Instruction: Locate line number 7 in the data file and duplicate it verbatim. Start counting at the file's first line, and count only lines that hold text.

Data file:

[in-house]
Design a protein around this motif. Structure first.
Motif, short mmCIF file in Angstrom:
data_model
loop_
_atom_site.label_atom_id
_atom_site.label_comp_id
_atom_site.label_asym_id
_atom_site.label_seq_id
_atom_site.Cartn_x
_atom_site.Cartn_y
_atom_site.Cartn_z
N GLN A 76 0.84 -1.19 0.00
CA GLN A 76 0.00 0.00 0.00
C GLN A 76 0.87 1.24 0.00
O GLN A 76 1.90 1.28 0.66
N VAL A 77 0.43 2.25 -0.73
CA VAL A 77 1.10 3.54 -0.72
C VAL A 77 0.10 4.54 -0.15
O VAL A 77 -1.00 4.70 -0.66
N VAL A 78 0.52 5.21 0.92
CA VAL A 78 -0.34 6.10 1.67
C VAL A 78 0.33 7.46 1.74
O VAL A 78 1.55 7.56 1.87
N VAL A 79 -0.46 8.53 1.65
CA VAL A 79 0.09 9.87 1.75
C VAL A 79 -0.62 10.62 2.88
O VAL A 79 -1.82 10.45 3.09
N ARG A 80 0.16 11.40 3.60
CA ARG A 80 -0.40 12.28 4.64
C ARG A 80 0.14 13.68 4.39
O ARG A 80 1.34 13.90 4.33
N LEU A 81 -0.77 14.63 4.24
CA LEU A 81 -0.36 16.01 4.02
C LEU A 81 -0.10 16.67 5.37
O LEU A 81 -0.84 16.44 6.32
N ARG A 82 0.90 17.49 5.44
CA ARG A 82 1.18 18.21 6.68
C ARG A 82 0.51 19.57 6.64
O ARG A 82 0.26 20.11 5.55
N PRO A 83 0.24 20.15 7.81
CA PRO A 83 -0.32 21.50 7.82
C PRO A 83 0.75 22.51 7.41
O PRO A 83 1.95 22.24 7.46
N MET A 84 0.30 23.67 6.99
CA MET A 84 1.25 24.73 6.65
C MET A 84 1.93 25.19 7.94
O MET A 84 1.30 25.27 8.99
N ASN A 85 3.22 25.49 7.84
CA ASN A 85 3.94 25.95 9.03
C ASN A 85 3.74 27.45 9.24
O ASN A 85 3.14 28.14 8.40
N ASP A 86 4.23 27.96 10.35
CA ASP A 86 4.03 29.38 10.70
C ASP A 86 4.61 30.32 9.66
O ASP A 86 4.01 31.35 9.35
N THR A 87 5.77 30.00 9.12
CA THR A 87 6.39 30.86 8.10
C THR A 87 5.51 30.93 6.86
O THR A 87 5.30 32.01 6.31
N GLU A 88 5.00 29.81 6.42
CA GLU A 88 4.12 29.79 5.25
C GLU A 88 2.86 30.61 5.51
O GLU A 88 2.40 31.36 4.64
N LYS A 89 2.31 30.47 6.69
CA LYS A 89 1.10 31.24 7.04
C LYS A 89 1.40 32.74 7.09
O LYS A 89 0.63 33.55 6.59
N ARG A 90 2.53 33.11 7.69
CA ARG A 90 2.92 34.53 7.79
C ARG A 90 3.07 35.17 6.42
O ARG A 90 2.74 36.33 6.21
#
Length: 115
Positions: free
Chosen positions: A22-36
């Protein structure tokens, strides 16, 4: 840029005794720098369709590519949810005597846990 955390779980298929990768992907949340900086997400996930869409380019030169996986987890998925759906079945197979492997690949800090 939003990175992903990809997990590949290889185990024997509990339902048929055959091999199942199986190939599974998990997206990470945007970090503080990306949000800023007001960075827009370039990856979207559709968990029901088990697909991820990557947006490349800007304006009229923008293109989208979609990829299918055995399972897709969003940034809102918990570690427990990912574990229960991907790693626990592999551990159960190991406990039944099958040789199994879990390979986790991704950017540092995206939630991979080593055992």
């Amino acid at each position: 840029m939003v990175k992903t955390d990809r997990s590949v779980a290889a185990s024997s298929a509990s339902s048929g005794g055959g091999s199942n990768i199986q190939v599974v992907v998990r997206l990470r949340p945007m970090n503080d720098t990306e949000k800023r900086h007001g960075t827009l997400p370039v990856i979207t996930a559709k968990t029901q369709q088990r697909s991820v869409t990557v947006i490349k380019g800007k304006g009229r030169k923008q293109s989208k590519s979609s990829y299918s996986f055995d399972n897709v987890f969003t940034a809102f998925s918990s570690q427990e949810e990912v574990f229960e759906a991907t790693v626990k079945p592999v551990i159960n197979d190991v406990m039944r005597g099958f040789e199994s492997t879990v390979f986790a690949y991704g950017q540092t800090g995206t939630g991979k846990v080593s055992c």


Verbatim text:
_atom_site.label_comp_id